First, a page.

In addition to my escape to Portland and to points east last summer (and Vancouver Island), I made three trips to Vancouver/Richmond the second half of the year, and am finally here to report on them.
To help break this into manageable bites, I’m dividing my report into three pieces. This post will explore some “splurges and snacks” (with an emphasis on Vancouver), the next will be a Japanese interlude, and the final will have a “seriously Chinese” theme, focusing more on Richmond (but with some Vancouver places included as well).
Here are the places I’ll cover in this first report:
- Fairmont Pacific Rim Hotel
- MARKET by Jean-Georges
- Shangri-La Hotel
- Blue Water Café + Raw Bar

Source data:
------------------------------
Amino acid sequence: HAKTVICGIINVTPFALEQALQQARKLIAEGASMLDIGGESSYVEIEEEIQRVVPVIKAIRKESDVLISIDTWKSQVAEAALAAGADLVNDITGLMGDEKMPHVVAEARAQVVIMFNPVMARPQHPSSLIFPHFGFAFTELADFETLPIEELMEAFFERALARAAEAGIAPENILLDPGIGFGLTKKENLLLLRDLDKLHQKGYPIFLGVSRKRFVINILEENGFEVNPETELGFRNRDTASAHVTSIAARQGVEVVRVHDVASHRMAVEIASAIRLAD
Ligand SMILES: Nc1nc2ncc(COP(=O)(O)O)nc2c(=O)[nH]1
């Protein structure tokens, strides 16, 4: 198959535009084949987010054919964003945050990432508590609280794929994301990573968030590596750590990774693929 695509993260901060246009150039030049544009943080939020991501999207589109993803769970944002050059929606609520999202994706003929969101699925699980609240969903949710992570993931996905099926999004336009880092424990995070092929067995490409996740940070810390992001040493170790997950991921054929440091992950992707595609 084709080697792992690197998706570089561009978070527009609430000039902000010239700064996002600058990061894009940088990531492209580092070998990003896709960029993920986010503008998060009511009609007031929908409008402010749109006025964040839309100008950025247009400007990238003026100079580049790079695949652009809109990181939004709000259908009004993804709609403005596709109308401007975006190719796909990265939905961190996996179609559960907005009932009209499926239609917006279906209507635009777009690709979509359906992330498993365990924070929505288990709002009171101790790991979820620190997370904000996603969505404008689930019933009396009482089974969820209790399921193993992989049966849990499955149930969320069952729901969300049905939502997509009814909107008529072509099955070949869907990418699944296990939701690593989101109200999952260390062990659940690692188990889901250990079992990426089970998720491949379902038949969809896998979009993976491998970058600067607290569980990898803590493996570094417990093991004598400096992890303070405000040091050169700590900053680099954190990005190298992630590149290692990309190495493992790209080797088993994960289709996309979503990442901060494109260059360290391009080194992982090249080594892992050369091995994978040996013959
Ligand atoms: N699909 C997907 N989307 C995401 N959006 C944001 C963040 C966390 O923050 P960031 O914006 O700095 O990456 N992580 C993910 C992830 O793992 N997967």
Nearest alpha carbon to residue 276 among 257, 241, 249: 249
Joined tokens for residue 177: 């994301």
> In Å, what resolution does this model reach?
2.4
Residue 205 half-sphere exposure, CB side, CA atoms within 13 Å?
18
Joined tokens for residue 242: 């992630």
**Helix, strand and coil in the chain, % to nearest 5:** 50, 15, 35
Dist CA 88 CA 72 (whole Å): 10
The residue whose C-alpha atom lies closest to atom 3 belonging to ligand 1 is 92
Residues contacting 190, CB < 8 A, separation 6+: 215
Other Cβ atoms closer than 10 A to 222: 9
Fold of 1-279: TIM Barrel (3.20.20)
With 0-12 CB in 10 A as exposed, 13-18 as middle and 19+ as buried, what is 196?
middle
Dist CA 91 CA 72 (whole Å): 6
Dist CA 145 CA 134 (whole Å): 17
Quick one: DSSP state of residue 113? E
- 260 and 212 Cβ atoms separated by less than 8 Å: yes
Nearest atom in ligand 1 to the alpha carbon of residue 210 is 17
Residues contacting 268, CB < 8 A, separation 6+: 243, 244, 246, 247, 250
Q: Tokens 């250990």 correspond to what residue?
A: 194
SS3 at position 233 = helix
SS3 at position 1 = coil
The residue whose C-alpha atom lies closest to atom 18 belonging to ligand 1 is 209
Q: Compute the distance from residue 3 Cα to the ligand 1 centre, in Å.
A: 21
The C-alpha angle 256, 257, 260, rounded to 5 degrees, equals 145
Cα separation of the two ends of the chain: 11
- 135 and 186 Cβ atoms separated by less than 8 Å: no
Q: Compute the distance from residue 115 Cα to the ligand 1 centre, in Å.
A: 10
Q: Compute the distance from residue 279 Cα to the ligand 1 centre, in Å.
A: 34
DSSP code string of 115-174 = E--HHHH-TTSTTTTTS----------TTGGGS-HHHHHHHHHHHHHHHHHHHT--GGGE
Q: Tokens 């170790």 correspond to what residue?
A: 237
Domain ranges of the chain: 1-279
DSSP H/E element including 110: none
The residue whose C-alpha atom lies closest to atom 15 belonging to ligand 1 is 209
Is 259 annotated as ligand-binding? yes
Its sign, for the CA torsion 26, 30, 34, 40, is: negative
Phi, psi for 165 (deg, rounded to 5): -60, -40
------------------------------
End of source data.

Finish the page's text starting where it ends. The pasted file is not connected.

- Go Fish
- Café Medina
- Dutch Girl Chocolates
- Mediterranean Specialty Foods
- Cheesecake Etc.
- Thomas Haas Chocolates
I hadn’t been to Vancouver in a few years, as my discovery of the dynamic food scene in Portland had me traveling south instead of north. But a trip to Whistler provided an opportunity to rediscover this gem of a city, and I quickly realized what I’d been missing.
My first meal was at ORU, which would be the first of two I’d take at hotel restaurants. Chef David Wong pays homage to culinary traditions of the East in contemporary dishes that are often a sight to behold. I’d heard about ORU’s ramen and was eager to give that a try, but it had been dropped from the menu due to some challenges in achieving consistent quality. Instead, I enjoyed this feast: